A kaumatua inspects the sacred whale before…
…iwi butchers, protected by DOC, hack off the lucrative jawbone.
In the shadow of Kapiti Island, once home of New Zealand’s cruellest cannibal, Te Rauparaha, horrified onlookers yesterday watched the local iwi butcher a beached whale.
The tribe’s sacred purpose: to turn its jawbone into jewellery.
And to hell with anyone who didn’t agree with their traditional take on saving the whales… for themselves, that is.
Stuff bears witness to the gory spectacle:
Police and Department of Conservation staff had to hold back angry and upset onlookers … after those removing a whale’s jaw were left “up to their knees” in blood.
Grief and anger erupted among the 300 onlookers as Ngati Toa, Ngati Raukawa and Te Ati Awa iwi members took three hours … to remove the jaw…
Local whale-bone carver Owen Mapp said children were in tears and some of the crowd became angry about the whale being butchered.
“There was a lot of blood and guts. Some people were horrified.”
Creating cultural objects or carved artifacts enabled contemporary society to honour the spirit of the whale, he said. “It is a way the whale can live on.”
I see, so the culturally appropriate way to honour a whale’s spirit is to hack off its jaw with a saw (an evil pakeha chainsaw, presumably), then cut it, gouge it, sand it, and sell it.
Cost of raw materials: nil. (Thanks, DOC.)
By this logic, do Te Rauparaha’s descendants also “honour the spirit” of their dead by ripping out and flogging off their sacred gold fillings?
Sounds more like the spirit of free enterprise to me.
DOC protocol allowed iwi first use of the whale.
Er, shouldn’t that be “exclusive use of the whale”?
Did DOC contact the local Japanese community to see if they wanted to remove the meat?
Did they invite the descendants of New Zealand’s early whalers to “honour the spirit” of their ancestors by rekindling their family’s association with the great mammal of the deep? (See comment below from Andy Oakley.)
And they say there’s no Maori privilege.
Ngati Toa member Nelson Solomon said people complaining about the gory work did not have to watch.
How thoughtful. Ngati Toa’s manners have obviously improved since Te Rauparaha’s dinner guests were forced to watch their companions being tomahawked, eviscerated, roasted and devoured, while they mentally prepared themselves for their role as his next course.
“We tried to put up barricades to stop the public going in.”
Yes, how dare DOC’s Chosen People be interrupted in their sacred duty by stupid pakeha clinging to the wimpish notion that the best way to “honour the spirit” of a dead creature is to bury it intact?
“We are sorry if people were offended but we thought we did what was best in our interests.”
And that’s the thing about tribes. Tribes care about themselves first, and others not at all. Anyone outside the tribe is the enemy.
It’s the same the world over, wherever tribalism has been tried.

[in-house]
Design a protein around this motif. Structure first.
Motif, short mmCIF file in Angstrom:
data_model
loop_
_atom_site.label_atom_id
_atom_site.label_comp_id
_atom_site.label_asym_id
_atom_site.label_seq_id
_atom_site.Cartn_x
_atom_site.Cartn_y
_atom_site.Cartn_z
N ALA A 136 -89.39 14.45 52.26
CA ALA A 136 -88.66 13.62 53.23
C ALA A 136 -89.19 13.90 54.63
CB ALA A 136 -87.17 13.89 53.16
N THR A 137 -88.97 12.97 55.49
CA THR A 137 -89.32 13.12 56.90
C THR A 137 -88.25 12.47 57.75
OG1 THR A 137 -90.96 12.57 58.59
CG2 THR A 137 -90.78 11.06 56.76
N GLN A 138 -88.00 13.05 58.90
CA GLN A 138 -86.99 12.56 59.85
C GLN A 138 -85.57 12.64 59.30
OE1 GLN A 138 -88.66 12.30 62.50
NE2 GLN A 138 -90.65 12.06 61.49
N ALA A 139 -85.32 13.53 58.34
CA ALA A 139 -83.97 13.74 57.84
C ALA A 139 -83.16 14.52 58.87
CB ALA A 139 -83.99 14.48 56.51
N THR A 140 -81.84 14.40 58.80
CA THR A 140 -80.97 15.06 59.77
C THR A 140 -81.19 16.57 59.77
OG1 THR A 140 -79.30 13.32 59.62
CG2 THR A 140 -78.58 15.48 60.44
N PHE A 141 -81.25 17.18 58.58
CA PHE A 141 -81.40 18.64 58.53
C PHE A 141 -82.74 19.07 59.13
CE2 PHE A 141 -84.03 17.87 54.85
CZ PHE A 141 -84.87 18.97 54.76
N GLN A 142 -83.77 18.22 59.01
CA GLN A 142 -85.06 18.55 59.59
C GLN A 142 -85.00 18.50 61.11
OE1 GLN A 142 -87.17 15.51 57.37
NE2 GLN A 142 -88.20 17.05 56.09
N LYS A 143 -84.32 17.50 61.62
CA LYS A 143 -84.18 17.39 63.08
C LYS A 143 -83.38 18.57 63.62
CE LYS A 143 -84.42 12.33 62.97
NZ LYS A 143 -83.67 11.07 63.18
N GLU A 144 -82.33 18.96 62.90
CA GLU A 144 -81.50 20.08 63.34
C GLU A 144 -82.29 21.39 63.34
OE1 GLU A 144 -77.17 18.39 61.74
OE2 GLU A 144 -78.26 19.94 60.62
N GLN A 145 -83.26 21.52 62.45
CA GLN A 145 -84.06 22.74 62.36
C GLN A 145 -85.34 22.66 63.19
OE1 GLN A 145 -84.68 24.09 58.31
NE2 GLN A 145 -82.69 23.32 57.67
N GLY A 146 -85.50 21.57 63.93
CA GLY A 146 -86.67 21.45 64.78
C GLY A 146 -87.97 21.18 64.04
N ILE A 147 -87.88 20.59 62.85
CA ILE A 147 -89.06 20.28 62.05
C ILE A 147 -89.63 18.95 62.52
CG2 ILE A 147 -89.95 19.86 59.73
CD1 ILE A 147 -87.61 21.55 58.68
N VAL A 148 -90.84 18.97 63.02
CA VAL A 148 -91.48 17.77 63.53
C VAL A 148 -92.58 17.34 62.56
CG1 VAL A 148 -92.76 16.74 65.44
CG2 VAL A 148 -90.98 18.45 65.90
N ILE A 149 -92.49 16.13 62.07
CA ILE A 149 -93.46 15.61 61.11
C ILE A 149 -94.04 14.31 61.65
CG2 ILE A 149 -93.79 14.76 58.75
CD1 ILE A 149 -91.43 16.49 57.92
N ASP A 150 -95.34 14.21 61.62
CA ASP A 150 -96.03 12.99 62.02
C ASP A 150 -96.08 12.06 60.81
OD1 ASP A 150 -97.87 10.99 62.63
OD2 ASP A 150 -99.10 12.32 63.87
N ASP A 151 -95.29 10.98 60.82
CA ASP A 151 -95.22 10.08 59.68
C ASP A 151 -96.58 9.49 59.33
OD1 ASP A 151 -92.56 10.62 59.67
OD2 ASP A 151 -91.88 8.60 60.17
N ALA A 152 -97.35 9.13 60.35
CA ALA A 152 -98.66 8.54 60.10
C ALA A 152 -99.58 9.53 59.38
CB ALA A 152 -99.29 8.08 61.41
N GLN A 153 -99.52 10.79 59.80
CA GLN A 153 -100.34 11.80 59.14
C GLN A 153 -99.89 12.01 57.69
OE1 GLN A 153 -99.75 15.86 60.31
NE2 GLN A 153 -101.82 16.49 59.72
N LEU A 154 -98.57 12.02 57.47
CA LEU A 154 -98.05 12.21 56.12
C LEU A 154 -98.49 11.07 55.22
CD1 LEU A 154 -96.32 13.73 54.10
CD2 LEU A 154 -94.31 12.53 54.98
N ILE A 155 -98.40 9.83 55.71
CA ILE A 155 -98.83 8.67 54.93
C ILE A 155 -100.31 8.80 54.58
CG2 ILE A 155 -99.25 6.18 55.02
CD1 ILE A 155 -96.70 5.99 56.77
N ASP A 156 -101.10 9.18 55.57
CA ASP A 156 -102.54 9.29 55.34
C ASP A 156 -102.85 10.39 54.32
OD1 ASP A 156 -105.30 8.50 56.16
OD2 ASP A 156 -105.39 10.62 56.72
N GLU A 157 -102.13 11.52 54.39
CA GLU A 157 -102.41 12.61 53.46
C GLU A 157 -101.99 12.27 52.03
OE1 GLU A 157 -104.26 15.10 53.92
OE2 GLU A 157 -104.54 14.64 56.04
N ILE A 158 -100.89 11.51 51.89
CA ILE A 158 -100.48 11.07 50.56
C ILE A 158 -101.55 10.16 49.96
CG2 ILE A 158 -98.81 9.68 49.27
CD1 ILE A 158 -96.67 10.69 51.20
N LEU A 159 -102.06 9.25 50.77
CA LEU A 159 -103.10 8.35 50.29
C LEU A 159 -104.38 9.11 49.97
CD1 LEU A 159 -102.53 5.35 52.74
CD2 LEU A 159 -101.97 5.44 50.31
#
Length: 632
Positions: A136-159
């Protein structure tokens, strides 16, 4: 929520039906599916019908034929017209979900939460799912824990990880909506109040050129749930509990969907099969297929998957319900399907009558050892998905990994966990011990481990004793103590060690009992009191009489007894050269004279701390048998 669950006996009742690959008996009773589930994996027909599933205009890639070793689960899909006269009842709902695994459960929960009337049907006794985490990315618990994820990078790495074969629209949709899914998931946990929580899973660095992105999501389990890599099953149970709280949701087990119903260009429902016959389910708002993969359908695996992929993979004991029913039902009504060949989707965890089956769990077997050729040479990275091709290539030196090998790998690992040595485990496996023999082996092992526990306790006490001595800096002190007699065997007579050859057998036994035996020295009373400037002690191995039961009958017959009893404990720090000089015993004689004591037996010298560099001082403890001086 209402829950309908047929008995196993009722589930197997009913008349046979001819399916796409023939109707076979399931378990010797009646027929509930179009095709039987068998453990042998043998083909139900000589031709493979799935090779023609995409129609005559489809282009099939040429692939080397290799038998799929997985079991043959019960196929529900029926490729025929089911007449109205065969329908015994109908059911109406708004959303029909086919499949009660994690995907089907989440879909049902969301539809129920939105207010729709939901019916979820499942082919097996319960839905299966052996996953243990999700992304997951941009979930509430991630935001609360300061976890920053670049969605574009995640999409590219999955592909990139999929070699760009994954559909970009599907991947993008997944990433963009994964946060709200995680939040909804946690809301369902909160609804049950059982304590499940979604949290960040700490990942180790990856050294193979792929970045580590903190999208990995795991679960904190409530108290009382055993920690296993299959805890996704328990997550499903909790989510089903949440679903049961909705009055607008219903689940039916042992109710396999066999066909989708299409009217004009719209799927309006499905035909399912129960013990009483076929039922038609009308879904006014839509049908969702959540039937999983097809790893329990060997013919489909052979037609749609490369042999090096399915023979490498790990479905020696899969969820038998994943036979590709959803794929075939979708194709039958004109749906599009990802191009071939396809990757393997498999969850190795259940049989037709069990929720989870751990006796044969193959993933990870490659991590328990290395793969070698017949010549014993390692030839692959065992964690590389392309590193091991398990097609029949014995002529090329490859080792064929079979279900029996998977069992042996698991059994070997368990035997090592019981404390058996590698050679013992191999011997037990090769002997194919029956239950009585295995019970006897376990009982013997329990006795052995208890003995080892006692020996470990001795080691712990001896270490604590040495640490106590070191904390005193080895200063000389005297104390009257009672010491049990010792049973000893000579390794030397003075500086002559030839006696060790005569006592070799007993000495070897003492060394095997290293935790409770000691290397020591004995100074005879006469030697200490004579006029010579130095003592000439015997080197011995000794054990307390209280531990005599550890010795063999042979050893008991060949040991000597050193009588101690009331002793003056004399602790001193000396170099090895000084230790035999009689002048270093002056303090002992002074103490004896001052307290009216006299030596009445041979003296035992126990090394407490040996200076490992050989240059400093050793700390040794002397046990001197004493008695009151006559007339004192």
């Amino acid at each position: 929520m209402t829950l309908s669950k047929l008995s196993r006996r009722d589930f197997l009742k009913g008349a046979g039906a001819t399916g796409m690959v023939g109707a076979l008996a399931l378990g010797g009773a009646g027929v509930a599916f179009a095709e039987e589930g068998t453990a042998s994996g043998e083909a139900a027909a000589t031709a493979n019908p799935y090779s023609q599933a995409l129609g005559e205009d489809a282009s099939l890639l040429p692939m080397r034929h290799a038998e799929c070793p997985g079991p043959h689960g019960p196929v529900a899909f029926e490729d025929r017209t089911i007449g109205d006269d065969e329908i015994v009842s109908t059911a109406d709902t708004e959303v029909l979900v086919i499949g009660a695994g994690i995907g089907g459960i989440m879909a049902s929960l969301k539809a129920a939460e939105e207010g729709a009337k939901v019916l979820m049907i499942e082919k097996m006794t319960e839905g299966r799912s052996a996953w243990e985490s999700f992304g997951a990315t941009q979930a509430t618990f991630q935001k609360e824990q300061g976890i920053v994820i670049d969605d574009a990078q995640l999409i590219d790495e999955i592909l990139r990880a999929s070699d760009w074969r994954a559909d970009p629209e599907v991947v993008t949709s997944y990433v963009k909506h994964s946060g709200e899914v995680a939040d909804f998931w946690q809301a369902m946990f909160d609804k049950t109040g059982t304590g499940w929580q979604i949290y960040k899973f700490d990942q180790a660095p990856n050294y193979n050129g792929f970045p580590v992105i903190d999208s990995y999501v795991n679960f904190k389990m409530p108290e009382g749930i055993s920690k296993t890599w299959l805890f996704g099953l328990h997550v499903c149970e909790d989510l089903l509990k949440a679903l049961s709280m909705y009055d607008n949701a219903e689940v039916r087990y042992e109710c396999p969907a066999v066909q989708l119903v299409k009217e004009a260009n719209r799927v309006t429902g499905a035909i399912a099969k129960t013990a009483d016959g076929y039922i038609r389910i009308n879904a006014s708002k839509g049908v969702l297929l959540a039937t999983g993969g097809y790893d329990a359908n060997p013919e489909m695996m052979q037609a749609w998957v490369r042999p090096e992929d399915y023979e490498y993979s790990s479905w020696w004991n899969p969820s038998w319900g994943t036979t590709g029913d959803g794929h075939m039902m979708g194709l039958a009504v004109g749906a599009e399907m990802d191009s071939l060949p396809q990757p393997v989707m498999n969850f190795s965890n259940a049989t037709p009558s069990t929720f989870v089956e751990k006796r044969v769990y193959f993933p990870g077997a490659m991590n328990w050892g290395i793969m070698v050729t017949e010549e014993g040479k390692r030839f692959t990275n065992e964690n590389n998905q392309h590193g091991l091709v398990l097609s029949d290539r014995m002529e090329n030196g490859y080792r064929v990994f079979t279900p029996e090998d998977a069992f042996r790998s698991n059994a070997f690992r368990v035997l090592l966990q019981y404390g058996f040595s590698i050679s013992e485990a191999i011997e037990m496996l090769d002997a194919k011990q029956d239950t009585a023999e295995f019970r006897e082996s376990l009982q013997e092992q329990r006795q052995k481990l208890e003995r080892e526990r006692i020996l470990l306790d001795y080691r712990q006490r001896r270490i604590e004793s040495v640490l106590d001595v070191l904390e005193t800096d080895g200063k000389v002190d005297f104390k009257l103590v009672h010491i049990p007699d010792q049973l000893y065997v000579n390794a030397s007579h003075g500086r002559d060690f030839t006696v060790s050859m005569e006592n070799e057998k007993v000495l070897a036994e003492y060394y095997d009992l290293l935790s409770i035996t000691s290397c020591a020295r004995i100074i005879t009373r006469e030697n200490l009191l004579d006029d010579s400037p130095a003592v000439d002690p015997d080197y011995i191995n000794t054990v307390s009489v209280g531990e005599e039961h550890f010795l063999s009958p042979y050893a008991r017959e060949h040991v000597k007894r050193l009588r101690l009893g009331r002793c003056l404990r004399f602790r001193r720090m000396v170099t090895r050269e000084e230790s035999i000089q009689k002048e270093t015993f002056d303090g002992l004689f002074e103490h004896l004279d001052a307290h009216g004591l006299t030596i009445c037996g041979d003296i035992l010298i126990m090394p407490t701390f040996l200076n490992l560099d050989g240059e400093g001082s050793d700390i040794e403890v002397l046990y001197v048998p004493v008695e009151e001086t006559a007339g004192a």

(Which is pretty much everywhere. Including, of course, Britain, whose history runs red with the blood and gore of tribalism — Celtic, Roman, Viking and Anglo-Saxon.)
My point is, Britain and other societies have got beyond tribalism. It’s time Maori did too.
descendants get first dibs?
Kapiti reader Andy Oakley made this comment on another thread yesterday:
We had a whale wash up on our shore yesterday.
The local iwi were quick to claim it, rope it off, and rip it open for the jaw bone.
The local council’s unelected iwi representative would have had a hand in this.
Surely the descendants of our country’s early whaler settlers had as much, if not more, cultural connection to this whale than local Maori?
New Zealand was founded by these early settlers and their whaling activities.
While there is no history of pre-European Maori whaling at all. (Though they would cut them up if they ever happen to beach themselves.)
But alas, the whaler descendants were never even consulted.
And here is the reason why:
If you are a descendant of a whaler — i.e. somewhere in your family history someone was a whaler — this does NOT give you the right to call yourself a whaler.
Obviously you are not a whaler. You are just a descendant of a whaler.
And you have NO special place in New Zealand.
However, if you are a descendant of a Maori — i.e. somewhere in your family history someone was a Maori — this DOES give you the right to call yourself a Maori.
And you DO have access to the dual set of rights our government attributes to Maori.
Does anyone else see the hypocrisy in this?
I have no problem with Maori culture, I embrace it.
I do have a problem when it finds its way into every part of our lives at the expense of all other cultures.
You and me both, Andy. Good point about the whalers.
Of course, the tide has turned on the business of hunting and harpooning the uber-mammal. That’s because the whale has joined the dolphin in the ranks of the cute, if not cuddly.
(And, no doubt, because we no longer crave lamp oil and whalebone corsets. Or share the Japanese taste for whale steak.)
But if it’s good enough for Ngati Toa to honour the bloodthirsty Te Rauparaha with a stadium in Porirua, it’s good enough for European New Zealanders to “honour the spirit” of the brave whalers and sealers, from whom so many of us (both white and brown) are descended.
Now how do we get DOC to help us make money out of it?